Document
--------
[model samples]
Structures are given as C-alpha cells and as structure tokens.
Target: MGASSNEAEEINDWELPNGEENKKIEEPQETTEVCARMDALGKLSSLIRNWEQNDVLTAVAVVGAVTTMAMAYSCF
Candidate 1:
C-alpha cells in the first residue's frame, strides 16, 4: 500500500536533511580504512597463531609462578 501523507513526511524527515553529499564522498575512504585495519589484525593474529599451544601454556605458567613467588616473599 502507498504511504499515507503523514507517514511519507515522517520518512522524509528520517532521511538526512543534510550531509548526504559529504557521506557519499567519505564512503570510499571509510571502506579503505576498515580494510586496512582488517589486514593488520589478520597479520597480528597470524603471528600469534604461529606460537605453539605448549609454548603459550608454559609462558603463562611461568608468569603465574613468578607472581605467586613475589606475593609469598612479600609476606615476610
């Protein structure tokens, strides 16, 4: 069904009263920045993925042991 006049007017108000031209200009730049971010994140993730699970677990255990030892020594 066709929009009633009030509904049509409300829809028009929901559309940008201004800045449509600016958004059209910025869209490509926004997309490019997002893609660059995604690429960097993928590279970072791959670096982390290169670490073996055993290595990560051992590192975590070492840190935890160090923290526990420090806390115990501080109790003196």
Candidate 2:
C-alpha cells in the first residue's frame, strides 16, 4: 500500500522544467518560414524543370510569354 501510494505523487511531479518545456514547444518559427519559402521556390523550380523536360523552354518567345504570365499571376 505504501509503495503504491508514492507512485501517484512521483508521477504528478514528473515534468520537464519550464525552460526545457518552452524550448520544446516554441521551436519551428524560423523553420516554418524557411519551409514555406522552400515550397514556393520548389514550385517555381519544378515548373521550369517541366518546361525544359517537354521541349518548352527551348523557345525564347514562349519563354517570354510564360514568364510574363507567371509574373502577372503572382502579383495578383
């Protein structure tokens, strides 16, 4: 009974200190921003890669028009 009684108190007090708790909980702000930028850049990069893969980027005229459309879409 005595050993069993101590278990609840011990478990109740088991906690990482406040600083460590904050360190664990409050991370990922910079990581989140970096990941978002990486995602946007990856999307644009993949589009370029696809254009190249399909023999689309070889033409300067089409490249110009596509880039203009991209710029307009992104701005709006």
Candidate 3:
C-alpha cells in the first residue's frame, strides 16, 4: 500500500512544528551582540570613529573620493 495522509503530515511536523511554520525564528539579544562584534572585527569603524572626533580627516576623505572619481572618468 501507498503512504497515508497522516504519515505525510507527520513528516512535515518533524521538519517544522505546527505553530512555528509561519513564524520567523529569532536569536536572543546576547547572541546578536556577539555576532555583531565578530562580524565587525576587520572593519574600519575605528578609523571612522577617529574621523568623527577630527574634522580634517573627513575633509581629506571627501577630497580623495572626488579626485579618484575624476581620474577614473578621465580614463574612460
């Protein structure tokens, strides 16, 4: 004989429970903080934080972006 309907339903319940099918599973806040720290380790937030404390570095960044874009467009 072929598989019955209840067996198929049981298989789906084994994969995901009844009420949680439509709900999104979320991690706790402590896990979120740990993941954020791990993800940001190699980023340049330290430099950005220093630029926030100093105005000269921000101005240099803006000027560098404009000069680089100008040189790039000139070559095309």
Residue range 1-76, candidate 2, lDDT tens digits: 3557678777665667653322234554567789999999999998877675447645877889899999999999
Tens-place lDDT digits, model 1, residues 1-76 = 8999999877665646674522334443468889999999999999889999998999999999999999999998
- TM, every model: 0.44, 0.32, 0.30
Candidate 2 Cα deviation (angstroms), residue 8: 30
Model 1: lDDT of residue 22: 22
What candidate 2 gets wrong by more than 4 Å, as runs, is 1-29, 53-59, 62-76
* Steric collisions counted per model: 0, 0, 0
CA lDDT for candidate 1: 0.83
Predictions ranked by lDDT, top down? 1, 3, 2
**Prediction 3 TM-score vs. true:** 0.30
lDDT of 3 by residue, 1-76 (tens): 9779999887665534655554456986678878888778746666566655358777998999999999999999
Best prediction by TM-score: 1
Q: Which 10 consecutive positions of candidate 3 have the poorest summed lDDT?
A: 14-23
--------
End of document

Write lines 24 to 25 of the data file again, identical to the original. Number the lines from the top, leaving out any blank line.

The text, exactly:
Best prediction by TM-score: 1
Q: Which 10 consecutive positions of candidate 3 have the poorest summed lDDT?